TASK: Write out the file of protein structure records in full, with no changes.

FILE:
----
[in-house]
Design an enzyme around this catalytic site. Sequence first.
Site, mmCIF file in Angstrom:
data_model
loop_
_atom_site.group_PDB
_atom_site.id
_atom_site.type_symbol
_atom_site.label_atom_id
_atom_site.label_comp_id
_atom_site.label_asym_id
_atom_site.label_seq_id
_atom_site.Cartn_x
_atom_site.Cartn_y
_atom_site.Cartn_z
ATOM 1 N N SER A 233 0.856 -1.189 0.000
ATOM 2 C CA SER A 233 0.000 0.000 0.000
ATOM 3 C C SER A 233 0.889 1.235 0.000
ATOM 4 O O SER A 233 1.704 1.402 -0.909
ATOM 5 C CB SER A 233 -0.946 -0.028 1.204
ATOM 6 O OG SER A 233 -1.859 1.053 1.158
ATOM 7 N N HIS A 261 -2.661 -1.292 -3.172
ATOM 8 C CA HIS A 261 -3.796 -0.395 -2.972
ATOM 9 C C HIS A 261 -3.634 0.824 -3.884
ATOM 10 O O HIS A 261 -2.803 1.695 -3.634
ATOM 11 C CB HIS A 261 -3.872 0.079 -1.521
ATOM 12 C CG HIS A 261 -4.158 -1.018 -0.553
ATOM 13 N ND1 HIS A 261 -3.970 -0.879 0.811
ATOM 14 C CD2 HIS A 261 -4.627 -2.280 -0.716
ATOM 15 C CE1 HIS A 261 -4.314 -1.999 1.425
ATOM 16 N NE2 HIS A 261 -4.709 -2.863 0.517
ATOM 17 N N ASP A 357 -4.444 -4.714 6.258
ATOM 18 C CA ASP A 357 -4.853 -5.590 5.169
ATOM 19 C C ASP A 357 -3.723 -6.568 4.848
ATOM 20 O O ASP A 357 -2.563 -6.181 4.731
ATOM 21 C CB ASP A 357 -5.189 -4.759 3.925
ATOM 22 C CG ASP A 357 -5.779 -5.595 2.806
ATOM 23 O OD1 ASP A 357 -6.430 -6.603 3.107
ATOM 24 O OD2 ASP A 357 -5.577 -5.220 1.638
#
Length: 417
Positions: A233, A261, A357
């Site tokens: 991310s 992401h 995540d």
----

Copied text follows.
[in-house]
Design an enzyme around this catalytic site. Sequence first.
Site, mmCIF file in Angstrom:
data_model
loop_
_atom_site.group_PDB
_atom_site.id
_atom_site.type_symbol
_atom_site.label_atom_id
_atom_site.label_comp_id
_atom_site.label_asym_id
_atom_site.label_seq_id
_atom_site.Cartn_x
_atom_site.Cartn_y
_atom_site.Cartn_z
ATOM 1 N N SER A 233 0.856 -1.189 0.000
ATOM 2 C CA SER A 233 0.000 0.000 0.000
ATOM 3 C C SER A 233 0.889 1.235 0.000
ATOM 4 O O SER A 233 1.704 1.402 -0.909
ATOM 5 C CB SER A 233 -0.946 -0.028 1.204
ATOM 6 O OG SER A 233 -1.859 1.053 1.158
ATOM 7 N N HIS A 261 -2.661 -1.292 -3.172
ATOM 8 C CA HIS A 261 -3.796 -0.395 -2.972
ATOM 9 C C HIS A 261 -3.634 0.824 -3.884
ATOM 10 O O HIS A 261 -2.803 1.695 -3.634
ATOM 11 C CB HIS A 261 -3.872 0.079 -1.521
ATOM 12 C CG HIS A 261 -4.158 -1.018 -0.553
ATOM 13 N ND1 HIS A 261 -3.970 -0.879 0.811
ATOM 14 C CD2 HIS A 261 -4.627 -2.280 -0.716
ATOM 15 C CE1 HIS A 261 -4.314 -1.999 1.425
ATOM 16 N NE2 HIS A 261 -4.709 -2.863 0.517
ATOM 17 N N ASP A 357 -4.444 -4.714 6.258
ATOM 18 C CA ASP A 357 -4.853 -5.590 5.169
ATOM 19 C C ASP A 357 -3.723 -6.568 4.848
ATOM 20 O O ASP A 357 -2.563 -6.181 4.731
ATOM 21 C CB ASP A 357 -5.189 -4.759 3.925
ATOM 22 C CG ASP A 357 -5.779 -5.595 2.806
ATOM 23 O OD1 ASP A 357 -6.430 -6.603 3.107
ATOM 24 O OD2 ASP A 357 -5.577 -5.220 1.638
#
Length: 417
Positions: A233, A261, A357
């Site tokens: 991310s 992401h 995540d």